Friday, February 7, 2014

Widdershins Crochet: or, How Handedness (and Difference) Affects Everything

Fig. 1.

I was recently at work and had a free moment, during which I pulled out crochet project I was working on. As I worked, one of my co-workers watched me and commented on my being left-handed. Then she asked me a question. She said her grandson, who was 4, was also left-handed and she was worried about him because he didn't write properly, as she put it. She said he did things like writing a 3 and then a 1 when writing '13'; he would put the numbers in the right order, but she found it upsetting. He would also write the round part of the letter 'b' before drawing the line connecting it, and so on. His handwriting slanted the wrong way too, according to her; it leaned rightward and downward. There were no left-handed people in her family so she wasn't sure what to do about it. She was thinking of forcing him to write with his right hand so that when he went to school he would sen normal to the other students.

Fig. 2.

I told her that while his way of writing numbers was unusual, there wasn't anything wrong with it. As long as the numbers were in the correct order, it didn't matter. And I showed her what a wonderful left-handed teacher had taught me as a child when my words slanted too far downward; namely, to tilt the page slightly towards the left to make it easier to follow the lines on the paper. I still use this method today. Then I showed her my own handwriting, which leans to the right, and explained that there were plenty of famous left-handed people, like my favorite cook, Alton Brown, who found ways to make the world adapt to their needs (Mr. Brown uses knives that are sharpened for a left-hander. When I learned this I resharpened my knives, and cooking has been easier ever since).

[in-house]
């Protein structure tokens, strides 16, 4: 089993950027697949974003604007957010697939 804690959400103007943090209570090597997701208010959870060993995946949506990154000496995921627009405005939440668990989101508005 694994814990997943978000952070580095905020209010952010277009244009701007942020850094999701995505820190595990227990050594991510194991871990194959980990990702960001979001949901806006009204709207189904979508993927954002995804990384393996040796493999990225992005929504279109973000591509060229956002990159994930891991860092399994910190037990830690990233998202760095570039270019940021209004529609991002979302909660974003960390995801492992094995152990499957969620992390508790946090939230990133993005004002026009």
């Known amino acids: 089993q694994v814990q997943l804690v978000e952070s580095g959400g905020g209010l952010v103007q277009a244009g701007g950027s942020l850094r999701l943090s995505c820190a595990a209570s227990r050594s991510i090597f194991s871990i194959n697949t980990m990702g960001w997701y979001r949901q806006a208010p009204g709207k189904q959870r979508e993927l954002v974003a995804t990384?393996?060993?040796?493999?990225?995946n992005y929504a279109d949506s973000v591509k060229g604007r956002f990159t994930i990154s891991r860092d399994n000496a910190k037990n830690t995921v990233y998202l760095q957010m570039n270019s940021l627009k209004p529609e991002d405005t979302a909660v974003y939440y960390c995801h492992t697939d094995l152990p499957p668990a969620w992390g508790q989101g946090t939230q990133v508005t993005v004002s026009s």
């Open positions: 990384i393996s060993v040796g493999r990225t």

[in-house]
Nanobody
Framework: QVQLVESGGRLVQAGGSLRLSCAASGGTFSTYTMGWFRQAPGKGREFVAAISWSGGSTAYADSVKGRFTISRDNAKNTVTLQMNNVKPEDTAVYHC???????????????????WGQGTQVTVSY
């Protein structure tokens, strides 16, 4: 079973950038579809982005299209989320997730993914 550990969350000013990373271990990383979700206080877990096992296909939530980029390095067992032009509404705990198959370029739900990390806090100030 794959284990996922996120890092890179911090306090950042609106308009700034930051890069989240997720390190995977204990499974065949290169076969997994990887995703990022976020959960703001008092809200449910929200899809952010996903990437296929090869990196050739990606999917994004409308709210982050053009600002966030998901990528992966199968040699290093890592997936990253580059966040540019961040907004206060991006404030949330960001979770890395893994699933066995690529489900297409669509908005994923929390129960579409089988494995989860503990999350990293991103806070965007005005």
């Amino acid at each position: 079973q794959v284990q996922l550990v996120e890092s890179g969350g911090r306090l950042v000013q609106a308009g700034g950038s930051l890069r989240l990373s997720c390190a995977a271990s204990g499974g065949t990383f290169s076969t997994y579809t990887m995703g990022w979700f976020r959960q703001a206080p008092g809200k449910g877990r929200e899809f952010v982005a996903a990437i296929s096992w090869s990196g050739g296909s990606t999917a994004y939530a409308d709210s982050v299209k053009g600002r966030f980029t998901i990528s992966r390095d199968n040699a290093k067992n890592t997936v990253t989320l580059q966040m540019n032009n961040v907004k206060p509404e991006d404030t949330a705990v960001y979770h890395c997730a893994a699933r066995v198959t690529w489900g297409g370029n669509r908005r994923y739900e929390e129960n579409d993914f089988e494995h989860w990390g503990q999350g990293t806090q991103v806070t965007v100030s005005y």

Fig. 3.

I doubt my co-worker knew that left-handedness used to be considered a sign of of devil worship in Western Europe, or that to this day, many devout Muslims believe that the left hand should only be reserved for wiping oneself, because the left side is supposed to be evil. I know my mother tried to make me switch hands by slapping me every time I reached for a toy with my left, but I refused to stop, and she gave up.

Fig. 4. 

Of course, most people now think of left-handedness as something  harmless. Most righties would laugh if you said there's a prejudice against lefties. But when I first started teaching myself to crochet, it took me months to find a book showing left-handed crochet technique. I had to find a left-handed teacher to help me learn how to manipulate my hook; the right-handed directions looked strange, and I couldn't make sense of the photos or drawings. Several books actually suggested that left handed crocheters xerox the requisite pages and trace them on the other side. Apparently it was too much trouble for the authors to do this. I still haven't learned how to knit because I haven't had time to track down a left-handed knitter. A right-handed knitter actually told me that I should just 'switch hands.'

Fig. 5.